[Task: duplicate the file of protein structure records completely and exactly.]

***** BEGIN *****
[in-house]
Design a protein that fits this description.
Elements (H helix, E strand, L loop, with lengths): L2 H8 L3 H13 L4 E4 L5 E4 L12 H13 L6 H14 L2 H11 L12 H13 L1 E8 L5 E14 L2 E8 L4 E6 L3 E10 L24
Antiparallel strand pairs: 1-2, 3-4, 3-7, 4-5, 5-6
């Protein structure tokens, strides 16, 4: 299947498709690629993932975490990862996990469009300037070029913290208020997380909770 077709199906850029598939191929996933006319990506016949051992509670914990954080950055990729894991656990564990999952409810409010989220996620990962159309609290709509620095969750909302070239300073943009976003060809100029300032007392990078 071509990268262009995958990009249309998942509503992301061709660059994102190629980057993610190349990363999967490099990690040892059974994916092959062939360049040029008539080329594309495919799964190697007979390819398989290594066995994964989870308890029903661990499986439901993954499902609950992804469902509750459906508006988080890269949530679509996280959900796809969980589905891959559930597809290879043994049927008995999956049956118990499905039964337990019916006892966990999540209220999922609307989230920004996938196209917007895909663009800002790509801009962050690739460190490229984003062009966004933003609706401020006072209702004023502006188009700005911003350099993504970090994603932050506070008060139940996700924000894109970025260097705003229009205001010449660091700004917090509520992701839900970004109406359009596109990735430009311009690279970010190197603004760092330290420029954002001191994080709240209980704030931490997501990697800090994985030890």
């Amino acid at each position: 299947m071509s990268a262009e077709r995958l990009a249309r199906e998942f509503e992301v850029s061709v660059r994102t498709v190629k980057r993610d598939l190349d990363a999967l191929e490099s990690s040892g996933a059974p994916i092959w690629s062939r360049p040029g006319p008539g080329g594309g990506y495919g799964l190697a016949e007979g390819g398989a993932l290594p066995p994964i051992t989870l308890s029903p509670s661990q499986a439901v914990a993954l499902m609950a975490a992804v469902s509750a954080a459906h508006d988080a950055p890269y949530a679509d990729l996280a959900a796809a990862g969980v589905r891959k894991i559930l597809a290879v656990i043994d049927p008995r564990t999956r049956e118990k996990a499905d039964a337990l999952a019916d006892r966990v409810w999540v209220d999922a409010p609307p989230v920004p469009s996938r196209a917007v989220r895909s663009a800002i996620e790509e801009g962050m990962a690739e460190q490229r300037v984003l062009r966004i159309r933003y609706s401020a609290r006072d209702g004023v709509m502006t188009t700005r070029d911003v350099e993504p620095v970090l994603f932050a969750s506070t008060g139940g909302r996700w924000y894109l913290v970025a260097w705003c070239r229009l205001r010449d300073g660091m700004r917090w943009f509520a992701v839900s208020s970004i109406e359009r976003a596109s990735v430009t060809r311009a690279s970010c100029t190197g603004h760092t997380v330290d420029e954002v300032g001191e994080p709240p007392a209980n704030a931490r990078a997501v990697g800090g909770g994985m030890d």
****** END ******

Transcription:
[in-house]
Design a protein that fits this description.
Elements (H helix, E strand, L loop, with lengths): L2 H8 L3 H13 L4 E4 L5 E4 L12 H13 L6 H14 L2 H11 L12 H13 L1 E8 L5 E14 L2 E8 L4 E6 L3 E10 L24
Antiparallel strand pairs: 1-2, 3-4, 3-7, 4-5, 5-6
């Protein structure tokens, strides 16, 4: 299947498709690629993932975490990862996990469009300037070029913290208020997380909770 077709199906850029598939191929996933006319990506016949051992509670914990954080950055990729894991656990564990999952409810409010989220996620990962159309609290709509620095969750909302070239300073943009976003060809100029300032007392990078 071509990268262009995958990009249309998942509503992301061709660059994102190629980057993610190349990363999967490099990690040892059974994916092959062939360049040029008539080329594309495919799964190697007979390819398989290594066995994964989870308890029903661990499986439901993954499902609950992804469902509750459906508006988080890269949530679509996280959900796809969980589905891959559930597809290879043994049927008995999956049956118990499905039964337990019916006892966990999540209220999922609307989230920004996938196209917007895909663009800002790509801009962050690739460190490229984003062009966004933003609706401020006072209702004023502006188009700005911003350099993504970090994603932050506070008060139940996700924000894109970025260097705003229009205001010449660091700004917090509520992701839900970004109406359009596109990735430009311009690279970010190197603004760092330290420029954002001191994080709240209980704030931490997501990697800090994985030890």
């Amino acid at each position: 299947m071509s990268a262009e077709r995958l990009a249309r199906e998942f509503e992301v850029s061709v660059r994102t498709v190629k980057r993610d598939l190349d990363a999967l191929e490099s990690s040892g996933a059974p994916i092959w690629s062939r360049p040029g006319p008539g080329g594309g990506y495919g799964l190697a016949e007979g390819g398989a993932l290594p066995p994964i051992t989870l308890s029903p509670s661990q499986a439901v914990a993954l499902m609950a975490a992804v469902s509750a954080a459906h508006d988080a950055p890269y949530a679509d990729l996280a959900a796809a990862g969980v589905r891959k894991i559930l597809a290879v656990i043994d049927p008995r564990t999956r049956e118990k996990a499905d039964a337990l999952a019916d006892r966990v409810w999540v209220d999922a409010p609307p989230v920004p469009s996938r196209a917007v989220r895909s663009a800002i996620e790509e801009g962050m990962a690739e460190q490229r300037v984003l062009r966004i159309r933003y609706s401020a609290r006072d209702g004023v709509m502006t188009t700005r070029d911003v350099e993504p620095v970090l994603f932050a969750s506070t008060g139940g909302r996700w924000y894109l913290v970025a260097w705003c070239r229009l205001r010449d300073g660091m700004r917090w943009f509520a992701v839900s208020s970004i109406e359009r976003a596109s990735v430009t060809r311009a690279s970010c100029t190197g603004h760092t997380v330290d420029e954002v300032g001191e994080p709240p007392a209980n704030a931490r990078a997501v990697g800090g909770g994985m030890d």